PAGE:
• Hibashira Speedway: "Hibashira" (火柱) is "fire pillar" in Japanese. The course takes place in Lethal Lava Land with pillars of lava erupting all over the place.
    • Mori Park: "Mori" (森) is "forest" in Japanese. The course is set in a forest.
  • Cast from Hit Points: In Hero Mode, your boost meter starts out full and doubles as a shield meter.
  • Comeback Mechanic: In a multiplayer race, you gain more boost meter per orb the further behind you are.
  • Damn You, Muscle Memory!: Hero Mode mirrors the courses, which coupled with the game not respawning you if you crash can quickly lead to a "Please try again!" for those who don't adapt quickly.
  • Gusty Glade: The Haze has giant fans on straightaways with no rails, potentially sending you off-course if you don't adjust accordingly. RMX has them reprise their role in Tepaneca Haze.
  • Hard Mode Perks: Hero Mode turns your Boost meter into a Boost / Shield meter, but also allows you to recharge the meter by driving over boost strips and boost ramps (which provide a speed boost but not meter in other modes).
  • Large-Ham Announcer: These two games have an especially enthusiastic announcer: the same one featured in F-Zero GX and F-Zero AX, no less!
  • Lethal Lava Land: Hibashira Speedway is set over a sea of lava.
  • Level in Reverse:
    • All tracks in Hero Mode are laterally mirrored.
    • Most of the Remix tracks in RMX copy the layout from other tracks but makes you race them backwards. Tepaneca Haze does this with The Haze, Sunahara Valley does it with Pyramid Valley, and Scorpio Mine does it with Willard Mine..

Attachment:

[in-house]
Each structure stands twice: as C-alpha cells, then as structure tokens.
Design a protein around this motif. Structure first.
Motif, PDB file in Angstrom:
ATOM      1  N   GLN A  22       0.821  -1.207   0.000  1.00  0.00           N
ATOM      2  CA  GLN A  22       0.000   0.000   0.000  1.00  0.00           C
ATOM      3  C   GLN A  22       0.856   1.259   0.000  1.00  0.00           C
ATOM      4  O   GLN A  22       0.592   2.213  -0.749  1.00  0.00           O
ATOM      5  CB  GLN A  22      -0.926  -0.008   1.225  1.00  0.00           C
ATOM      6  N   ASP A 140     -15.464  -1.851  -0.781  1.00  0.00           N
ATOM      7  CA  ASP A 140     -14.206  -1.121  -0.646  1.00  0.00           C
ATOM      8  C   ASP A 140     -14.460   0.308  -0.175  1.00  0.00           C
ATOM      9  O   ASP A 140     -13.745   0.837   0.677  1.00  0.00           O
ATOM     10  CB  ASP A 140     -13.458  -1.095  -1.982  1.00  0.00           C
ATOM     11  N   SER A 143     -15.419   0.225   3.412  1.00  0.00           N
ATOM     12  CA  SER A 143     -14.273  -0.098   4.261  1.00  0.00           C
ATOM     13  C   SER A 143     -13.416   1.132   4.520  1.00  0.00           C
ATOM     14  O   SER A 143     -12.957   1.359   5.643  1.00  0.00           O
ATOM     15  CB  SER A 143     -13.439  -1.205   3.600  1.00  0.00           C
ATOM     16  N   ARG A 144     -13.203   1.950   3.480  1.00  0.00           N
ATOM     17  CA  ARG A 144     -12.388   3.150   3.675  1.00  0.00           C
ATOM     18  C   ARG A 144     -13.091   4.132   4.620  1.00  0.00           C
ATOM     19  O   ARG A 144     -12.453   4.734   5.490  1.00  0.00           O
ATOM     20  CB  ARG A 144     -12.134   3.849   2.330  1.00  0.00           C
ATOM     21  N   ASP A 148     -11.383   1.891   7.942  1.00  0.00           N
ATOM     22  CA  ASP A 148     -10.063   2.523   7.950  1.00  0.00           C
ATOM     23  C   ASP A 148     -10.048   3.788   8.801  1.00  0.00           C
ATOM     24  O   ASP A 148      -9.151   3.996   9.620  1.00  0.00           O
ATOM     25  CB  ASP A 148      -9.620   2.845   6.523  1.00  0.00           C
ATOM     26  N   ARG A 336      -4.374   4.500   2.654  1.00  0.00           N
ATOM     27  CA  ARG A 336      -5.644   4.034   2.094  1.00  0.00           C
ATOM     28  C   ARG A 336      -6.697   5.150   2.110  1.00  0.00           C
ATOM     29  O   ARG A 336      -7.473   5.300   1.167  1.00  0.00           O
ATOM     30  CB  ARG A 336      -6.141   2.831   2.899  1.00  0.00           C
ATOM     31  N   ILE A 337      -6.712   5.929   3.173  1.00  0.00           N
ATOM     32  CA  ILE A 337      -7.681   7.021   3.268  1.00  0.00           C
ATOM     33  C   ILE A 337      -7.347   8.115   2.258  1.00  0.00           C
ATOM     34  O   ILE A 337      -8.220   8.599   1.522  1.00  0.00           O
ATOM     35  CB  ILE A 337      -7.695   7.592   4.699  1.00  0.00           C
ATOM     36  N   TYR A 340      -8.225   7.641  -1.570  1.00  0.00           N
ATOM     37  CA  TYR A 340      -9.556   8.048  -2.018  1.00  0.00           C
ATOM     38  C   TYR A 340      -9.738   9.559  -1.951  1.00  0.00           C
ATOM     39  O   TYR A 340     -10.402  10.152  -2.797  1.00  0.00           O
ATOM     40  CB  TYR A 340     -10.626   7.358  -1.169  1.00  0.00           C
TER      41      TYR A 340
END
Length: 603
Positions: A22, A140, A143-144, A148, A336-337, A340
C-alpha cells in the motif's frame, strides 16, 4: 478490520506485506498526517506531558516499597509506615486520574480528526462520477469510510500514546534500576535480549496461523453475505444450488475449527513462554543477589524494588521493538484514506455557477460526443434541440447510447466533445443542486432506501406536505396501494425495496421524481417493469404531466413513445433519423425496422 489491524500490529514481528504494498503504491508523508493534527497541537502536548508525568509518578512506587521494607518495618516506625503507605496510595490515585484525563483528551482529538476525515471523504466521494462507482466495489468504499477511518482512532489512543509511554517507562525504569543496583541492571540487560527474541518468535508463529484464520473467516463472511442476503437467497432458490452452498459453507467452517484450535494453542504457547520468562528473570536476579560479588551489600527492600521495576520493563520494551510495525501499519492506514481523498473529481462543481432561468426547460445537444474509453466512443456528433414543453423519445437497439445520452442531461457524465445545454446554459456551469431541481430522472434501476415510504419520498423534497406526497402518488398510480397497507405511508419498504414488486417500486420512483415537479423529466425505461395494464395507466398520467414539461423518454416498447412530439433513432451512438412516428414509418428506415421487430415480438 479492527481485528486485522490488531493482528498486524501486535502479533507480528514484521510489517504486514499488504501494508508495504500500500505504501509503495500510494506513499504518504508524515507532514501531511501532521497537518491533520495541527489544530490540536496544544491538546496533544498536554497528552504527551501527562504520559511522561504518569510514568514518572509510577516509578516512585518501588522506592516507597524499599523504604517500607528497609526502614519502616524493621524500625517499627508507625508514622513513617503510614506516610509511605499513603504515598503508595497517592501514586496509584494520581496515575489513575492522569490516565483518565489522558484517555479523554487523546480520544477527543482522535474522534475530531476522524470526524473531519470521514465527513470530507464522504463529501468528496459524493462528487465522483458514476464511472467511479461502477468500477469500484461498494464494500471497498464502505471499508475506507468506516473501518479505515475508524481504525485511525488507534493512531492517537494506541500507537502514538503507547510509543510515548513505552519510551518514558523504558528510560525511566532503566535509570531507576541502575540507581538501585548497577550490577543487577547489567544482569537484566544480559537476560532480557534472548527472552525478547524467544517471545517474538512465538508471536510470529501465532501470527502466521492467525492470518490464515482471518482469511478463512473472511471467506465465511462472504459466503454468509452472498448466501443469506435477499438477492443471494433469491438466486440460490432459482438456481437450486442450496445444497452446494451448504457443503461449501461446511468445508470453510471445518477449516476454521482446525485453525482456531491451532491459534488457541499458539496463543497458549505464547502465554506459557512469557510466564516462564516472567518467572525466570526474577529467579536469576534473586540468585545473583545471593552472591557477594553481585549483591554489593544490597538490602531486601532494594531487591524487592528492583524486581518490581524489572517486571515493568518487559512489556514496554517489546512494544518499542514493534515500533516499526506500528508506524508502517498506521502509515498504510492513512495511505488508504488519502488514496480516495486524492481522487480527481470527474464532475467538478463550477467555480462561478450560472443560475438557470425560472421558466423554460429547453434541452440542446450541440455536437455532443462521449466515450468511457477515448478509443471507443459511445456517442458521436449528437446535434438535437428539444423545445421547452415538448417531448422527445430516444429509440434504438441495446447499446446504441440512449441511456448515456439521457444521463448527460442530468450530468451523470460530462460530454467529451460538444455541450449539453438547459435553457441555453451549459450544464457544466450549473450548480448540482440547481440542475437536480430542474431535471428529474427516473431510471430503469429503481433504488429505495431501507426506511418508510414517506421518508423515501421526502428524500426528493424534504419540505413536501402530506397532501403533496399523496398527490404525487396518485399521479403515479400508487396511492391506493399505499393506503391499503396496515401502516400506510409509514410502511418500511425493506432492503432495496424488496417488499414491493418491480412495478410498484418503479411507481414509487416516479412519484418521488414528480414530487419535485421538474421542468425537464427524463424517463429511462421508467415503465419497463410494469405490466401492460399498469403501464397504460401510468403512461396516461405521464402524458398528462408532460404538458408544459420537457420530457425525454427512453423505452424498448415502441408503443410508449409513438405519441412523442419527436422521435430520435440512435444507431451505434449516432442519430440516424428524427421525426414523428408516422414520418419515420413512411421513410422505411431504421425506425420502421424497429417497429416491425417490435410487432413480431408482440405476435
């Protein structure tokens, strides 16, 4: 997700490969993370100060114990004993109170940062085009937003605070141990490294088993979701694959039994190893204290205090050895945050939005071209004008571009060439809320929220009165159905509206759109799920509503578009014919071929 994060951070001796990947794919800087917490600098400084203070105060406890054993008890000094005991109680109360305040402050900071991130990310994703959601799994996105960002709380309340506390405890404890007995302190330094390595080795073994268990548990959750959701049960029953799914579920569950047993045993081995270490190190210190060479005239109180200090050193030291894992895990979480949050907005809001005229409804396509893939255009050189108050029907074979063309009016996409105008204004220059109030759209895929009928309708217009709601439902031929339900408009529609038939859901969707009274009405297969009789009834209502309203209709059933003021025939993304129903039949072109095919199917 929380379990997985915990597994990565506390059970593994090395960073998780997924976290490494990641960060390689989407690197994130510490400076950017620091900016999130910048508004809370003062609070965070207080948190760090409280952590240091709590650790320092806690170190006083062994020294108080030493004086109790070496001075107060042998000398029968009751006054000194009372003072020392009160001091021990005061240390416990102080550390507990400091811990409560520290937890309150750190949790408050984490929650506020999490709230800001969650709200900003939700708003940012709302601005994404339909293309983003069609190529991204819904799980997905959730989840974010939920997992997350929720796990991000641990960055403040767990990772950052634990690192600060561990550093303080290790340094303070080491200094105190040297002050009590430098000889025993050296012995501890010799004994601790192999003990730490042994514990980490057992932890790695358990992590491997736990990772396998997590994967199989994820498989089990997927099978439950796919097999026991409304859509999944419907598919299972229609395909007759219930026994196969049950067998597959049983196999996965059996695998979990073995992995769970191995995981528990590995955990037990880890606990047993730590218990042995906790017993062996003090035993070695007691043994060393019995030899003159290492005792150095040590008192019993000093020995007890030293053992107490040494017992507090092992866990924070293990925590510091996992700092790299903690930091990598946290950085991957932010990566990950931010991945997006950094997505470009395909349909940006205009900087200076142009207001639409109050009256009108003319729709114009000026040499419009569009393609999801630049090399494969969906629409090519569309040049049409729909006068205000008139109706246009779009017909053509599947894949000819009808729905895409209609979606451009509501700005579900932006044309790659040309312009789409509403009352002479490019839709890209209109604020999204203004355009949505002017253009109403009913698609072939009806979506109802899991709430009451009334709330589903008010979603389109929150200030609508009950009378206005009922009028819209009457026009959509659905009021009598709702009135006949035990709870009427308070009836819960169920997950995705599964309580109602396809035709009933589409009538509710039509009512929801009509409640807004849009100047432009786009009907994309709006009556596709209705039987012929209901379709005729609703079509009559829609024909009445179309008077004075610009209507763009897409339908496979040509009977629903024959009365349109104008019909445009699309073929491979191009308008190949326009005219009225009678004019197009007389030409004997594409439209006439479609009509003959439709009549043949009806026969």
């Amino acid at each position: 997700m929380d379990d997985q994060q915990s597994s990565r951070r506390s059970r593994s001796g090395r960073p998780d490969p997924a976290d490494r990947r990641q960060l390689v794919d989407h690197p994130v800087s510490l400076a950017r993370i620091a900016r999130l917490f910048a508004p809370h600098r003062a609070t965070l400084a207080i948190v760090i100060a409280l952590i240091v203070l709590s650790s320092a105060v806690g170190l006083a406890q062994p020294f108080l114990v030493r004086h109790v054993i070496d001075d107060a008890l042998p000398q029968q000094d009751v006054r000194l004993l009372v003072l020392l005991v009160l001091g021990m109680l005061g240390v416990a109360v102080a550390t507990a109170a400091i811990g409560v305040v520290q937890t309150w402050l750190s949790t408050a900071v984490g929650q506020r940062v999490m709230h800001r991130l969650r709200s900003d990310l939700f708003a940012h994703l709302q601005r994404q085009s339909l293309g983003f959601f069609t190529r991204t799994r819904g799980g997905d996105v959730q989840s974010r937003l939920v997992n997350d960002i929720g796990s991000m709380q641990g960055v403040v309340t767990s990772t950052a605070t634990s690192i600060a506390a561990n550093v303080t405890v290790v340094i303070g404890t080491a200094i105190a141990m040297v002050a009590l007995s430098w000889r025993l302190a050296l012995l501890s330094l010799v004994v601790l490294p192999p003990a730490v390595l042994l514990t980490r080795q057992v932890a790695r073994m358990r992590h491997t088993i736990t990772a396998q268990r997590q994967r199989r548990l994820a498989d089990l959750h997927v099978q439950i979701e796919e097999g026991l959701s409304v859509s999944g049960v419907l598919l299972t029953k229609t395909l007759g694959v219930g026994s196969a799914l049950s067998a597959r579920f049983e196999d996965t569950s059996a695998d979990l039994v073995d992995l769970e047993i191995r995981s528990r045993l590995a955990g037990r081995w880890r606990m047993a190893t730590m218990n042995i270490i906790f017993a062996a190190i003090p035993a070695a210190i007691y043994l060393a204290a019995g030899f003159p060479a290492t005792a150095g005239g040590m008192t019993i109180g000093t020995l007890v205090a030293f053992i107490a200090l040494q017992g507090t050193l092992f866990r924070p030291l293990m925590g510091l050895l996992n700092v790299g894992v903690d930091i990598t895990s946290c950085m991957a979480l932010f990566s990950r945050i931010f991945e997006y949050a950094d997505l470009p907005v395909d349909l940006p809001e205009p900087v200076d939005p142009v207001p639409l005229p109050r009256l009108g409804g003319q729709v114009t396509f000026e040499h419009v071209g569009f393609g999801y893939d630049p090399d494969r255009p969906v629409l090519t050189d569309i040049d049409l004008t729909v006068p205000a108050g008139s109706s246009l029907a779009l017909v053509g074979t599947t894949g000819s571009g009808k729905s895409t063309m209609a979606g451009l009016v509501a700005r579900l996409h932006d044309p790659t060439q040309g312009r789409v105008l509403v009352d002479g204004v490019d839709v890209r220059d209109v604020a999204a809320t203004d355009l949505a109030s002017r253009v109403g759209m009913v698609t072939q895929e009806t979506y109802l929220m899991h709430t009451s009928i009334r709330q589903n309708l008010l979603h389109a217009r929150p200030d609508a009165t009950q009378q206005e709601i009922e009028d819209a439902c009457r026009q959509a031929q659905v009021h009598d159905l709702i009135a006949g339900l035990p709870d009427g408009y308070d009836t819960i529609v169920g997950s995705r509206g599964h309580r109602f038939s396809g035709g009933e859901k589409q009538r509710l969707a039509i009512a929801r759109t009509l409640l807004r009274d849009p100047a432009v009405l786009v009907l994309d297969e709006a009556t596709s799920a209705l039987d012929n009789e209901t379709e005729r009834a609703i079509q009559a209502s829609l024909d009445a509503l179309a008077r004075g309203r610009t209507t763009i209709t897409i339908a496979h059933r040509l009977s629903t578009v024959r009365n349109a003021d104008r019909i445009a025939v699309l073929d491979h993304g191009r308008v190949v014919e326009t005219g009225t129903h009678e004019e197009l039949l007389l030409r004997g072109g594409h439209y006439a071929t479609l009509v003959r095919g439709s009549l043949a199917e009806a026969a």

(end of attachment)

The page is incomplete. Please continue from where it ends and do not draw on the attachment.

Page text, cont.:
• Misbegotten Multiplayer Mode: The HD games have both local and online multiplayer modes, with RMX also allowing local wireless play. Unfortunately, online play has one glaring problem: There is no option to join a specific friend or to create a private lobby. Furthermore, RMX limits all online play to Subsonic League, not permitting players to play in Supersonic or Hypersonic Leagues.
  • My Rules Are Not Your Rules: In Hero Mode, it's an instant failure if you crash at any point, and your boost is Cast from Hit Points. The AI opponents, on the other hand, won't die just from hitting something at zero energy and if they crash, they'll just respawn.
  • New Neo City: The Neo Kyoto course.
  • Orange/Blue Contrast: Orange and blue are the two boost phase colors used here.
  • Remixed Level: The six DLC courses in RMX are mishmashes of existing RMX courses. As examples, Chuoko Habitat features Chuoko City's massive urban sprawl environment and music and Zenshou Habitat's instant-kill lasers, Tepaneca Haze combines Tepaneca Vale's nighttime setting and boost-jump pillars with The Haze's sky-high environments, music, and giant fans, and Cameron Raceway has Cameron Crest's lush green environments and music and Zvil Raceway's dangling roads.
  • Sand Worm: The background of Scorpio Circuit features giant worms to complement the futuristic setting.
  • Skill Gate Character: Rochdale in NEO and RMX has excellent cornering and acceleration, making it good for beginners, but its middling boost and lackluster top speed allows faster machines like Bliss and Mueller to, in the right hands, leave it in the dust.
  • Spell My Name with a "The": Of all the courses present, The Haze is the only one with a "The" in its name.
  • Shifting Sand Land: The "Sunahara" courses, Sunahara Desert and Sunahara Plains, are set in the desert. Pyramid Valley is set around a pyramid in another desert. RMX has Sunahara Valley, which mixes elements of these courses.
  • Updated Re-release: RMX features all content from NEO, including 6 new tracks and 6 new ships.


Alternative Title(s): FAST Racing League